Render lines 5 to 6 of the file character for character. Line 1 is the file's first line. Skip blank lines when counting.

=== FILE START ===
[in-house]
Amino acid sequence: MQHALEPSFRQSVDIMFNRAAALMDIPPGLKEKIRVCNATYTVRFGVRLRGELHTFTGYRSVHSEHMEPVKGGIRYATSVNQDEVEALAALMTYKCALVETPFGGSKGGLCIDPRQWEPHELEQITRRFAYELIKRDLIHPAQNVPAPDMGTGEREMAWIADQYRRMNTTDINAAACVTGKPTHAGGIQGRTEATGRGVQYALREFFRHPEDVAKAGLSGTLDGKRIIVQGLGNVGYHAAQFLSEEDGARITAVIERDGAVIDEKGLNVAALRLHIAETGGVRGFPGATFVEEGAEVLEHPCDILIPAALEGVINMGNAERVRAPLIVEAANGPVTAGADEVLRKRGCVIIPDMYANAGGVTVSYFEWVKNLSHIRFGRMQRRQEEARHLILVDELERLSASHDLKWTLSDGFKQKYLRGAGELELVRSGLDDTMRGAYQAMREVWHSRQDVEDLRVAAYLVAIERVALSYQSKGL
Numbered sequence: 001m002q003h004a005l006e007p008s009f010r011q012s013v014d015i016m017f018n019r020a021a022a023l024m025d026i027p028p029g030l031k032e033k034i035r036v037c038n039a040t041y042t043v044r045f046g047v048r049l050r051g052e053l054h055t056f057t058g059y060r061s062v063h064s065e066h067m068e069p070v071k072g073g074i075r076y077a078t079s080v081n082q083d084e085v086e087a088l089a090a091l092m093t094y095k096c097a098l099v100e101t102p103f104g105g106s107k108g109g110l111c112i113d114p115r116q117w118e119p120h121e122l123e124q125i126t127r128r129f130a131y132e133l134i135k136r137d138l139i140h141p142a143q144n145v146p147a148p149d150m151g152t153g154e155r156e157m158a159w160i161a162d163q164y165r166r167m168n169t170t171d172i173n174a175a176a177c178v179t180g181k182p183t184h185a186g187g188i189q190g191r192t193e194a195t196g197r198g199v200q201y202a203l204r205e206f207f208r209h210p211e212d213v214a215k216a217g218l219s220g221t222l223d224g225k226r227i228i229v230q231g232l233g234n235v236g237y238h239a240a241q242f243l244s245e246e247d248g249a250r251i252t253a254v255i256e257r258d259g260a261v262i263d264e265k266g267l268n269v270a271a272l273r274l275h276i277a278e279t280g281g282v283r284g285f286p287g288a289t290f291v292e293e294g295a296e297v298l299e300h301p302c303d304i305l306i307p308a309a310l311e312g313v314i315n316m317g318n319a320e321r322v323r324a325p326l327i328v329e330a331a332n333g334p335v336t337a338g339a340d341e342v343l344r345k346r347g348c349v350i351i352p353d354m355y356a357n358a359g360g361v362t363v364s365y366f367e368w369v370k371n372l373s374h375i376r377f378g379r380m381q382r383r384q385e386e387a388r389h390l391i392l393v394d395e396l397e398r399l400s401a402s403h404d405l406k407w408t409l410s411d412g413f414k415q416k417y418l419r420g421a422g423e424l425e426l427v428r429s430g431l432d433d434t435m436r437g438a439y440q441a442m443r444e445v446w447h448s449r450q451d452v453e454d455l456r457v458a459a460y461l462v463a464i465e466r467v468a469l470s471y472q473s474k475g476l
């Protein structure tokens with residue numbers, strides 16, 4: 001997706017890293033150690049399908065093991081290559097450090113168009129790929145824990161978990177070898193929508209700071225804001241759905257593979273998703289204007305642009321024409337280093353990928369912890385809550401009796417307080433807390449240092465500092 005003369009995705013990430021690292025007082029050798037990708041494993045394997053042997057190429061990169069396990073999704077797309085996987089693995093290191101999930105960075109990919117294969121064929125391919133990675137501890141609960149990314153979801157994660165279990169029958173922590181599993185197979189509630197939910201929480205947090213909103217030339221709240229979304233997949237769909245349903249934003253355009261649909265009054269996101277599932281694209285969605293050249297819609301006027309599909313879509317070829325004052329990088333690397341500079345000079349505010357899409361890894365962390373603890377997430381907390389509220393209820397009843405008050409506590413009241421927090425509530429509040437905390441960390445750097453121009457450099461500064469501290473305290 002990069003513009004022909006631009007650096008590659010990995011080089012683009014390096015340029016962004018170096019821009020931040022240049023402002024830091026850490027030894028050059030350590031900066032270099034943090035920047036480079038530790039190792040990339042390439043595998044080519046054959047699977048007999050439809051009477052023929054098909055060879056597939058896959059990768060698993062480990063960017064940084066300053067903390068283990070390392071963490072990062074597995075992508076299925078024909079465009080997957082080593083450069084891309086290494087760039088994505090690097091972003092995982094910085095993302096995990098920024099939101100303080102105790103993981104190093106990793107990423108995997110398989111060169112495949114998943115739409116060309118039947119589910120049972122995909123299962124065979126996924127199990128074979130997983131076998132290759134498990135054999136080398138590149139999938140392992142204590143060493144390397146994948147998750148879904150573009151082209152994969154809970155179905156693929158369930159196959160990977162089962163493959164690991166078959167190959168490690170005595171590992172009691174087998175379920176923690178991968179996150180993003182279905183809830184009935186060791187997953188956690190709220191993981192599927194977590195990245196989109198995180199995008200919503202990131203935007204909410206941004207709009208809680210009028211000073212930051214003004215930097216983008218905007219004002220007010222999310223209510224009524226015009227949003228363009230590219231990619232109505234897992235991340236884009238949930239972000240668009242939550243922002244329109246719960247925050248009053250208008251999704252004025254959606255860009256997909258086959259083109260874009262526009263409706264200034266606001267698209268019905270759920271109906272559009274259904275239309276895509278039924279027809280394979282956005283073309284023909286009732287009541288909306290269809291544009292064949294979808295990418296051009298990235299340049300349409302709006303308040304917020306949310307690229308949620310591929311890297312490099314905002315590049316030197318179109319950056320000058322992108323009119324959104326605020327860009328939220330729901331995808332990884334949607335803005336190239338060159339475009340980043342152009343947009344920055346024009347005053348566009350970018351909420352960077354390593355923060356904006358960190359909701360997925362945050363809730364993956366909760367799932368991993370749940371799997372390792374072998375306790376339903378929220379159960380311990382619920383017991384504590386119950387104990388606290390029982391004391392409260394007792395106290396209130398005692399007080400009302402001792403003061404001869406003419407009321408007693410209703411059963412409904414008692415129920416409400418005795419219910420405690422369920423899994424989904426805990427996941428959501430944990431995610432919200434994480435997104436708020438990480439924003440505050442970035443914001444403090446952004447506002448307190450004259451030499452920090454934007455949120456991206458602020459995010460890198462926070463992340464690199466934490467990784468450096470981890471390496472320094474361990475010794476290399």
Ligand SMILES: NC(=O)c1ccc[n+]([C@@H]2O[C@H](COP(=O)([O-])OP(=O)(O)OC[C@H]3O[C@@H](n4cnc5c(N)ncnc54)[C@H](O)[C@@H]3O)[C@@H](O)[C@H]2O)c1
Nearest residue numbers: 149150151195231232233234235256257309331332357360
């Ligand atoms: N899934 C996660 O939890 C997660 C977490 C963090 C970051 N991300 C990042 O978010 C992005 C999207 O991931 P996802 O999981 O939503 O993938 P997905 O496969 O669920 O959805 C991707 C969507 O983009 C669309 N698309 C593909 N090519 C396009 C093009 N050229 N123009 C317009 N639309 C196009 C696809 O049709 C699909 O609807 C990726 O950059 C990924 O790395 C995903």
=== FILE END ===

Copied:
Ligand SMILES: NC(=O)c1ccc[n+]([C@@H]2O[C@H](COP(=O)([O-])OP(=O)(O)OC[C@H]3O[C@@H](n4cnc5c(N)ncnc54)[C@H](O)[C@@H]3O)[C@@H](O)[C@H]2O)c1
Nearest residue numbers: 149150151195231232233234235256257309331332357360